Put another way, if I gave you $800mm with the explicit goal of “maximize the % of living units and jobs within 500m of a single, centralized node in KW region within 1, 2, 5, and 10 years”, where would you put it and what would you build? And no public intervention or mandating allowed, just good old capitalism 🙂

      Reply
      1. Michael Shao

        I think if we built an above-ground LRT (expensive, but not as expensive as the next idea), or a below-ground subway (too expensive), I would definitely think it would help more. I see this in the Western areas of Calgary – specifically near the Greyhound station. The station is located above the main vein of the highway, and there are aboveground routes that go in and out of the Greyhound station.

        The biggest thing for me is that it doesn’t inconvenience driving, it just offers a better solution for relatively cheap.

        I think I’d switch to transit if gas became so exorbitantly expensive that taking “hybrid public transit” would be unsustainable, especially as a student.

        Reply
        1. Ted Post author

          Even if we had a subway, would you take it? It still feels like it would be slower than the car for 95% of trips today.

          This is the problem with transit: by definition, it will ALWAYS be slower than an uninhibited car. A car is simply transit built and run exclusively for you. But now the problem is that uninhibiting the car eventually becomes impossible with growth. At which point driving is so slow, that transit becomes reasonable.

          But there is one type of transit that actually can be faster given the right circumstances, and that is walking. If everywhere you wanted to go – work, live, eat, shop, play – was within 500 meters, driving simply wouldn’t be fastest.

          My question is, what would it take to spark a walkable city in Waterloo?

          Reply
          1. Michael Shao

            Restructuring of the city planning. Make all of the nodes inherently dense, with everything in an area (Costco, Movie theatre, mall, restaurants, pubs, residences), and then expand on that node, much like Toronto, but modern.

            The inherent problem that exists in all currently dense cities is that when they were first built, they didn’t have the technology nor the informational database knowledge that we have available to us today. To make the same mistakes as them by building something like this without thinking of overall city planning is to dishonour their memory, since they knew they did the best they could for their time.

            The question now is, are WE doing the best we could be? There are other ways – but we’re clearly not considering better routes.

            Reply
            1. Ted Post author

              Exactly. We have the opportunity to look at what others have done, learn from it, and do something different.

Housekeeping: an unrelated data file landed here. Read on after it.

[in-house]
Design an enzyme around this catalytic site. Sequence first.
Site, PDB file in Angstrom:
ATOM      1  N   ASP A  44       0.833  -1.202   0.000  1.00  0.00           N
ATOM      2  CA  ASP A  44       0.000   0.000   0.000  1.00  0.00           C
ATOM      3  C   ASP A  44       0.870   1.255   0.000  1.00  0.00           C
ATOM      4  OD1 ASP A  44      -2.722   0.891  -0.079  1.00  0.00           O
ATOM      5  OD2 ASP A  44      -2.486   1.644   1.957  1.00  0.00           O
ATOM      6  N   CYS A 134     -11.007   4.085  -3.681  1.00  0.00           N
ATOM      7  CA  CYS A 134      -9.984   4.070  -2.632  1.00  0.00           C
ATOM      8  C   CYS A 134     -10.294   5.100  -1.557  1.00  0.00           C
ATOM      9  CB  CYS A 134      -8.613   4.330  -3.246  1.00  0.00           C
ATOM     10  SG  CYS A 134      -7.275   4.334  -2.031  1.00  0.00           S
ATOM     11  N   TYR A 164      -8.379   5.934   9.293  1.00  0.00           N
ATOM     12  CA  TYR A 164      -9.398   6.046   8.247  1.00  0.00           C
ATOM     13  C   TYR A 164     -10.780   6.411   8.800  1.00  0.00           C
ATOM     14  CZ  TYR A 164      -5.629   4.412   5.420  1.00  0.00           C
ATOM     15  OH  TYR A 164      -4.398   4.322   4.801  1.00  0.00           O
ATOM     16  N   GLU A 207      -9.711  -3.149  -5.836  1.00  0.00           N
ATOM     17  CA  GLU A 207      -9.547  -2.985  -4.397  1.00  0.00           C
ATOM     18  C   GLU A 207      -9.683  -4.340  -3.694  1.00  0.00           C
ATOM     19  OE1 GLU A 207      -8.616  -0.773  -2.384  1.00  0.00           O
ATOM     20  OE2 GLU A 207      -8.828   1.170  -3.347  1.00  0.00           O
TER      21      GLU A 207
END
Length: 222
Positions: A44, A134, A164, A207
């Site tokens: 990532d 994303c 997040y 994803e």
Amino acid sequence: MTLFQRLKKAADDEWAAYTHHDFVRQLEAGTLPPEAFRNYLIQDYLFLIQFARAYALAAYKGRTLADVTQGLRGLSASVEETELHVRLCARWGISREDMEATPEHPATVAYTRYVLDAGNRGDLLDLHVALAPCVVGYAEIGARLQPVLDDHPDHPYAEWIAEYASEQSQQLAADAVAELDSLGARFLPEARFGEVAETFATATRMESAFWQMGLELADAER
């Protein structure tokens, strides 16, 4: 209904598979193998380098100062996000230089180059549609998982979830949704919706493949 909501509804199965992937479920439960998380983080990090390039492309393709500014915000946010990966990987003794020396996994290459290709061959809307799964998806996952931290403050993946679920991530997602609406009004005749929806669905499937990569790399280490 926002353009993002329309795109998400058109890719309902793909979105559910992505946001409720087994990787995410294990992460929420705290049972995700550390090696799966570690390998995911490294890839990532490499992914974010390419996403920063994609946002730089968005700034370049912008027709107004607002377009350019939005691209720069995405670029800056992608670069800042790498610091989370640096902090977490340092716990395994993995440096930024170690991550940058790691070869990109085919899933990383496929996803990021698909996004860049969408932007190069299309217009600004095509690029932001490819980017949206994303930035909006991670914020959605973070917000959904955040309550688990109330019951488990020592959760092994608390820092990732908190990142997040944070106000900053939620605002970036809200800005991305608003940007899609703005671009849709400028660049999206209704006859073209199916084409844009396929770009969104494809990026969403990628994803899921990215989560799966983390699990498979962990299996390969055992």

What do others think?

              Reply
  2. John Shortreed

    Letter to the editor of Waterloo Region Record

    The Ion streetcar has the heroic task to lure 1 out of 7 car users out of their car and choose Ion in order to implement the Region’s plans. This is truly a heroic task and requires good detailed design choices for any chance of success. Unfortunately, recent Ion design choices have not been good and make the heroic task almost impossible. Consider the purchase of 14 streetcars with 56 seats and 250 capacity, so less than 1 in 4 or 25% of passengers in rush hours will have a seat, this contrasts with Toronto where there are 70 seats for the same vehicle. The Ion seating of 25% of capacity compares to 50% seating for the existing bus services in rush hours. This dramatic reduction in comfort makes it hard to attract new car users to Ion, especially when they have 100% seating.

    This reduced lack of comfort came about because while Toronto streetcars have doors only on one side, while Waterloo’s version of the same streetcar has doors on both sides, thus reducing available seating. The issue of number of doors and reduced seating was not presented to public for consideration and likely council did not have the choice and implications presented to them. If council had been made aware of this issue I am sure there would have been questions in council like “why are doors only on one side adequate for Toronto but for Waterloo we need doors on both sides even with a 20% reduction in seats and higher costs?”

    There have been some 5-6 similar “poor design choices” for details of Ion, over the last year, again likely the council was not made aware of implications by staff since they have indicated a lack of experience with streetcar design and operations, and the need for extensive use of consultants. For one more example; in phase I of Ion there will be 50% less shelters for rush hour users of vehicles, compared to existing bus services.

    Some of the design choices can be revisited and better choices made now before vehicles are built, tracks are laid, stop locations are finalized, turning lanes are eliminated, and so forth. Council should look at these important issues that will, if not changed, make their targets for ridership and then in turn their objectives for shaping growth in the region, unattainable. For instance, at little extra cost, and perhaps a cost savings, the basic Toronto streetcar could be purchased with no design changes, except it might be advantageous to see if seating could be increased from 70 seats out of a 250 passenger capacity to perhaps 80 or more seats.

    John Shortreed
    1303, 191 King St. S.